Unger, N., Harper, K., Zheng, Y., Kiang, N. Y., Aleinov, I., Arneth, A., Schurgers, G., Amelynck, C., Goldstein, A., Guenther, A., Heinesch, B., Hewitt, C. N., Karl, T., Laffineur, Q., Langford, B., A. McKinney, K., Misztal, P., Potosnak, M., Rinne, J., Pressley, S., Schoon, N., and Serça, D.: Photosynthesis-dependent isoprene emission from leaf to planet in a global carbon-chemistry-climate model, Atmos. Chem. Phys., 13, 10243–10269,, 2013. 

USEPA: Clean Air Status and Trends Network from the US Environmental Protection Agency, available at:, last access: 28 March 2020. 

Val Martin, M., Heald, C. L., and Arnold, S. R.: Coupling dry deposition to vegetation phenology in the Community Earth SystemModel: Implications for the simulation of surface O3, Geophys. Res. Lett., 41, 2988–2996,, 2014. 

van Vuuren, D. P., Edmonds, J., Kainuma, M., Riahi, K., Thomson, A., Hibbard, K., Hurtt, G. C., Kram, T., Krey, V., Lamarque, J.-F., Masui, T., Meinshausen, M., Nakicenovic, N., Smith, S. J., and Rose, S. K.: The representative concentration pathways: an overview, Climatic Change, 109, 5–31,, 2011. 

Velikova, V., Tsonev, T., Pinelli, P., Alessio, G. A., and Loreto, F.: Localized ozone fumigation system for studying ozone effects on photosynthesis, respiration, electron transport rate and isoprene emission in field-grown Mediterranean oak species, Tree Physiol., 25, 1523–1532,, 2005. 

Wang, G., Huang, Y., Wei, Y., Zhang, W., Li, T., and Zhang, Q.: Climate Warming Does Not Always Extend the Plant Growing Season in Inner Mongolian Grasslands: Evidence From a 30-Year In Situ Observations at Eight Experimental Sites, J. Geophys. Res.-Biogeo., 124, 2364–2378,, 2019. 

Wang, T., Xue, L., Brimblecombe, P., Lam, Y. F., Li, L., and Zhang, L.: Ozone pollution in China: A review of concentrations, meteorological influences, chemical precursors, and effects, Sci. Total Environ., 575, 1582–1596,, 2017. 

Wesely, M. L.: Parameterization of surface resistances to gaseous dry deposition in regional-scale numerical-models, Atmos. Environ., 23, 1293–1304,, 1989. 

Wesely, M. L. and Hicks, B. B.: A review of the current status of knowledge on dry deposition, Atmos. Environ., 34, 2261–2282,, 2000.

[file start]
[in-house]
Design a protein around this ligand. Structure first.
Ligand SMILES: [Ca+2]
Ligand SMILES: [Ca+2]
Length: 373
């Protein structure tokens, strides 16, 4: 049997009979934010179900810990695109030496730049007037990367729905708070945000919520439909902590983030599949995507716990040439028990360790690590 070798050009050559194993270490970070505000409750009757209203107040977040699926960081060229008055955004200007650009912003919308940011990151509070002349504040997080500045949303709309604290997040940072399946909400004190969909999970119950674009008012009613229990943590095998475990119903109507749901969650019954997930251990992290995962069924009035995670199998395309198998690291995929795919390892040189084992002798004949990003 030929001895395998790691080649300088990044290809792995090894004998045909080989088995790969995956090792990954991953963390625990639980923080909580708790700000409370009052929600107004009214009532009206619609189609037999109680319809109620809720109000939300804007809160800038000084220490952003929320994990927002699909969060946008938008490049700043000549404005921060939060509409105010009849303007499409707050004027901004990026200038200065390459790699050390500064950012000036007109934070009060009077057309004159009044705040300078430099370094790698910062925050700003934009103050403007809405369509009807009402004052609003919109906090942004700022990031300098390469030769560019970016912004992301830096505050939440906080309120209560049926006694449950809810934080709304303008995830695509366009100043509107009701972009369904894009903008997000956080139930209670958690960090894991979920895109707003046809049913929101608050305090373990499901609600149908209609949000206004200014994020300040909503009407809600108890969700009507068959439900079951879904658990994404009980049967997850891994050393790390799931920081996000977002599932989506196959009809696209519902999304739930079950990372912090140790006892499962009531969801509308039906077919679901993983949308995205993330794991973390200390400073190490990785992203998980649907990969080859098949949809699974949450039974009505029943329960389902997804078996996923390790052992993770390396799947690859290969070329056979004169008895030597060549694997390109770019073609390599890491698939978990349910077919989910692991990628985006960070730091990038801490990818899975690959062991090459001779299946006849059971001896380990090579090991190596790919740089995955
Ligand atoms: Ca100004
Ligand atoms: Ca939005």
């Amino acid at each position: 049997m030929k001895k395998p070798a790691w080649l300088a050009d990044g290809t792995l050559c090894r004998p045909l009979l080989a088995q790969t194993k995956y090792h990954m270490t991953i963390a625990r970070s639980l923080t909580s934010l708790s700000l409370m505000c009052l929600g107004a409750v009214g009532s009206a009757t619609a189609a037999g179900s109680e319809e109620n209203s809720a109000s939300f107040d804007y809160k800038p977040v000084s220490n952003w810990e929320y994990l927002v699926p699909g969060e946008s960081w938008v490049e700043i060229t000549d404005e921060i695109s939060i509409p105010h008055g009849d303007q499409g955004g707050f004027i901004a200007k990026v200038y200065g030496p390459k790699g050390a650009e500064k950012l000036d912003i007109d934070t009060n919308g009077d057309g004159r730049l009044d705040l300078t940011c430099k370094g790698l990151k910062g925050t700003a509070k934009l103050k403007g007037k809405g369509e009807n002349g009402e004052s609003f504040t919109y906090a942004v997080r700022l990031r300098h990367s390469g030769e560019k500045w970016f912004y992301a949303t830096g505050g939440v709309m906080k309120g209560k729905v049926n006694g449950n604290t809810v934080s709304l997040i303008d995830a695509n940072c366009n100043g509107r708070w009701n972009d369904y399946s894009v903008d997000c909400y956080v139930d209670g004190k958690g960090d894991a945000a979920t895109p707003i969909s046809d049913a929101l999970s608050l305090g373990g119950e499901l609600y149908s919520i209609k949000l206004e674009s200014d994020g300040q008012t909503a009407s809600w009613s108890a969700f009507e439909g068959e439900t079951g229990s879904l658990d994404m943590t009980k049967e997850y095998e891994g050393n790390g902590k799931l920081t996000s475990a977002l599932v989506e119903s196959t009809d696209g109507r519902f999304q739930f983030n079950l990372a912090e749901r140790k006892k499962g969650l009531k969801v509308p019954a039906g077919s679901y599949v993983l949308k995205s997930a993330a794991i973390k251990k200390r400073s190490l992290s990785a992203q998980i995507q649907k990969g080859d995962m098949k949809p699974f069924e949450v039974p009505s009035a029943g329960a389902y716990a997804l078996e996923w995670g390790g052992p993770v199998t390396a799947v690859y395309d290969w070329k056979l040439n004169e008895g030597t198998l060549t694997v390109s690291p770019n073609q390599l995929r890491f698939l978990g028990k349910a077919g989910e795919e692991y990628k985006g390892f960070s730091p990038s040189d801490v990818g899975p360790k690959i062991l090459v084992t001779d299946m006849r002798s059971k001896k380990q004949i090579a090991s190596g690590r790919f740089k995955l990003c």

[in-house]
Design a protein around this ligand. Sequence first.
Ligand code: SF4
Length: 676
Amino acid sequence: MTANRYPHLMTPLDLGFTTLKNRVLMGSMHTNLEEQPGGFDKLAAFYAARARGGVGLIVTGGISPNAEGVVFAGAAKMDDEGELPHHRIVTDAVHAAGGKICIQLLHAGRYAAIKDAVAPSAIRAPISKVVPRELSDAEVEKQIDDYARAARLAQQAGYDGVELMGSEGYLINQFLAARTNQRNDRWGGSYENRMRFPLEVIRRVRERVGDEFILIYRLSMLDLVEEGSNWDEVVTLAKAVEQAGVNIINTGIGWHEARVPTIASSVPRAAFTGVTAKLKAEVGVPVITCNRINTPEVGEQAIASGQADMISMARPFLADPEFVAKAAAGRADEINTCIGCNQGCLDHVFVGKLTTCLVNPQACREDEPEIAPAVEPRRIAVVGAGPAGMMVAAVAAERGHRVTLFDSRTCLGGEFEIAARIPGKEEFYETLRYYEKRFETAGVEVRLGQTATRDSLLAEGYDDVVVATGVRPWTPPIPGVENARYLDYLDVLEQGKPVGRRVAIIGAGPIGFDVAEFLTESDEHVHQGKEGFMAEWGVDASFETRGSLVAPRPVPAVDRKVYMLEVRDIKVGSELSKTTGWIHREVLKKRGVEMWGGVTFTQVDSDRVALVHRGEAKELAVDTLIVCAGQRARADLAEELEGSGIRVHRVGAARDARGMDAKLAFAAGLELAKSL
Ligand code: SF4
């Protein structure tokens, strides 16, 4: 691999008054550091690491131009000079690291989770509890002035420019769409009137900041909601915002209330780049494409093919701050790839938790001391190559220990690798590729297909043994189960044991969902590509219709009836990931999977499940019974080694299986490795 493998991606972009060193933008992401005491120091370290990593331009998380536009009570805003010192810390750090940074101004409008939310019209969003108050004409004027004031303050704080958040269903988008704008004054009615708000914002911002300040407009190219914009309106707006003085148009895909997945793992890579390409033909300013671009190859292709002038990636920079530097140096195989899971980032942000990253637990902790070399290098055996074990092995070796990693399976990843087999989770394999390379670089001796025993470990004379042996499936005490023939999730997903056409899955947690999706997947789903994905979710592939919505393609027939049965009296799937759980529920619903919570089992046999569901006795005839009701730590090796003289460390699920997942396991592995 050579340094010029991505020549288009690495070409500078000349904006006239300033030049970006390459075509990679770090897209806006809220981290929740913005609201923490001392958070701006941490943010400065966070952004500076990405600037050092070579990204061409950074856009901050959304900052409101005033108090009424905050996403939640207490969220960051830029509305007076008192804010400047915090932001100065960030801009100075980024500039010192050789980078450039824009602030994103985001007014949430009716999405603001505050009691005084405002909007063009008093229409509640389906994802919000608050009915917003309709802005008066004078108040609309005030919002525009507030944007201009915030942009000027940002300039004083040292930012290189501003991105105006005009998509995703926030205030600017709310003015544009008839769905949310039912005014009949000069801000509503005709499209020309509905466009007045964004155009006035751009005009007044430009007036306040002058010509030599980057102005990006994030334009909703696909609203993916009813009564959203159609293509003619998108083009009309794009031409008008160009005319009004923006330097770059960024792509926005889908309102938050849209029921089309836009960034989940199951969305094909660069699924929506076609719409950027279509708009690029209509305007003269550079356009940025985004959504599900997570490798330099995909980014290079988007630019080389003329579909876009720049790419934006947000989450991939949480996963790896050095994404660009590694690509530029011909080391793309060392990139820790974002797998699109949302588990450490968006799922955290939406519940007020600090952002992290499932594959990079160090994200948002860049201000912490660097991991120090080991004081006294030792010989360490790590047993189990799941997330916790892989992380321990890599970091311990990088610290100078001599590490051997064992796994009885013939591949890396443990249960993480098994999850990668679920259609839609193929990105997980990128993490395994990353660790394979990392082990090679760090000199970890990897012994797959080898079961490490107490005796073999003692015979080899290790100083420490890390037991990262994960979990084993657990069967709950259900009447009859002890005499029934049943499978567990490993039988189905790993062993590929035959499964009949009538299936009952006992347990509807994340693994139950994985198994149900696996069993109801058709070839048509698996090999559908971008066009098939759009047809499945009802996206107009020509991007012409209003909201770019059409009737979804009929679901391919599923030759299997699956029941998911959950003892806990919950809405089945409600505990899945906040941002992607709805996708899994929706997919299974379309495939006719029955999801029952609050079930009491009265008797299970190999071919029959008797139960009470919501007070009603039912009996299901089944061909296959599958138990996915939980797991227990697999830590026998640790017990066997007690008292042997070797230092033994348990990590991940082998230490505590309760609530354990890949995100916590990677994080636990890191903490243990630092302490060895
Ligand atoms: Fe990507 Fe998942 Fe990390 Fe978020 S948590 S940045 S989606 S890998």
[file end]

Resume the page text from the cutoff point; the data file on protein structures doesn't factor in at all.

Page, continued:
White, M. A., Nemani, R. R., Thornton, P. E., and Running, S. W.: Satellite evidence of phenological differences between urbanized and rural areas of the eastern United States deciduous broadleaf forest, Ecosystems, 5, 260–273,, 2002. 

Wittig, V. E., Ainsworth, E. A., and Long, S. P.: To what extent do current and projected increases in surface ozone affect photosynthesis and stomatal conductance of trees? A meta-analytic review of the last 3 decades of experiments, Plant Cell Environ., 30, 1150–1162,, 2007. 

Wu, L., Zhang, J., and Dong, W.: Vegetation effects on mean daily maximum and minimum surface air temperatures over China, Chin. Sci. Bull., 56, 900–905,, 2011. 

Xiao, X., Hagen, S., Zhang, Q., Keller, M., and Moore III, B.: Detecting leaf phenology of seasonally moist tropical forests in South America with multi-temporal MODIS images, Remote Sens. Environ., 103, 465–473,, 2006. 

Yang, F., Tan, J., Zhao, Q., Du, Z., He, K., Ma, Y., Duan, F., Chen, G., and Zhao, Q.: Characteristics of PM2.5 speciation in representative megacities and across China, Atmos. Chem. Phys., 11, 5207–5219,, 2011. 

Yin, C., Pu, X., Xiao, Q., Zhao, C., and Liu, Q.: Effects of night warming on spruce root around non-growing season vary with branch order and month, Plant Soil, 380, 249–263,, 2014. 

Yuan, X., Calatayud, V., Gao, F., Fares, S., Paoletti, E., Tian, Y., and Feng, Z.: Interaction of drought and ozone exposure on isoprene emission from extensively cultivated poplar, Plant Cell Environ., 39, 2276–2287,, 2016.  

Yuan, X., Feng, Z., Liu, S., Shang, B., Li, P., Xu, Y., and Paoletti, E.: Concentration-and flux-based dose-responses of isoprene emission from poplar leaves and plants exposed to an ozone concentration gradient, Plant Cell Environ., 40, 1960–1971,, 2017. 

Yue, X. and Unger, N.: Ozone vegetation damage effects on gross primary productivity in the United States, Atmos. Chem. Phys., 14, 9137–9153,, 2014. 

Yue, X. and Unger, N.: The Yale Interactive terrestrial Biosphere model version 1.0: description, evaluation and implementation into NASA GISS ModelE2, Geosci. Model Dev., 8, 2399–2417,, 2015. 

Yue, X., Keenan, T. F., Munger, W., and Unger, N.: Limited effect of ozone reductions on the 20-year photosynthesis trend at Harvard forest, Glob. Change Biol., 22, 3750–3759,, 2016. 

Yue, X., Unger, N., Harper, K., Xia, X., Liao, H., Zhu, T., Xiao, J., Feng, Z., and Li, J.: Ozone and haze pollution weakens net primary productivity in China, Atmos. Chem. Phys., 17, 6073–6089,, 2017. 

Yue, X. and Unger, N.: Fire air pollution reduces global terrestrial productivity, Nat. Commun., 9, 5413,, 2018. 

Zhou, S. S., Tai, A. P. K., Sun, S., Sadiq, M., Heald, C. L., and Geddes, J. A.: Coupling between surface ozone and leaf area index in a chemical transport model: strength of feedback and implications for ozone air quality and vegetation health, Atmos. Chem. Phys., 18, 14133–14148,, 2018. 

Short summary
We evaluate ozone–vegetation feedback using a fully coupled chemistry–carbon–climate global model (ModelE2-YIBs). Ozone damage to photosynthesis, stomatal conductance, and isoprene emissions parameterized by different schemes and sensitivities is jointly considered. In general, surface ozone concentrations are increased due to ozone–vegetation interactions, especially over the regions with a high ambient ozone level such as the eastern US, eastern China, and western Europe.
Final-revised paper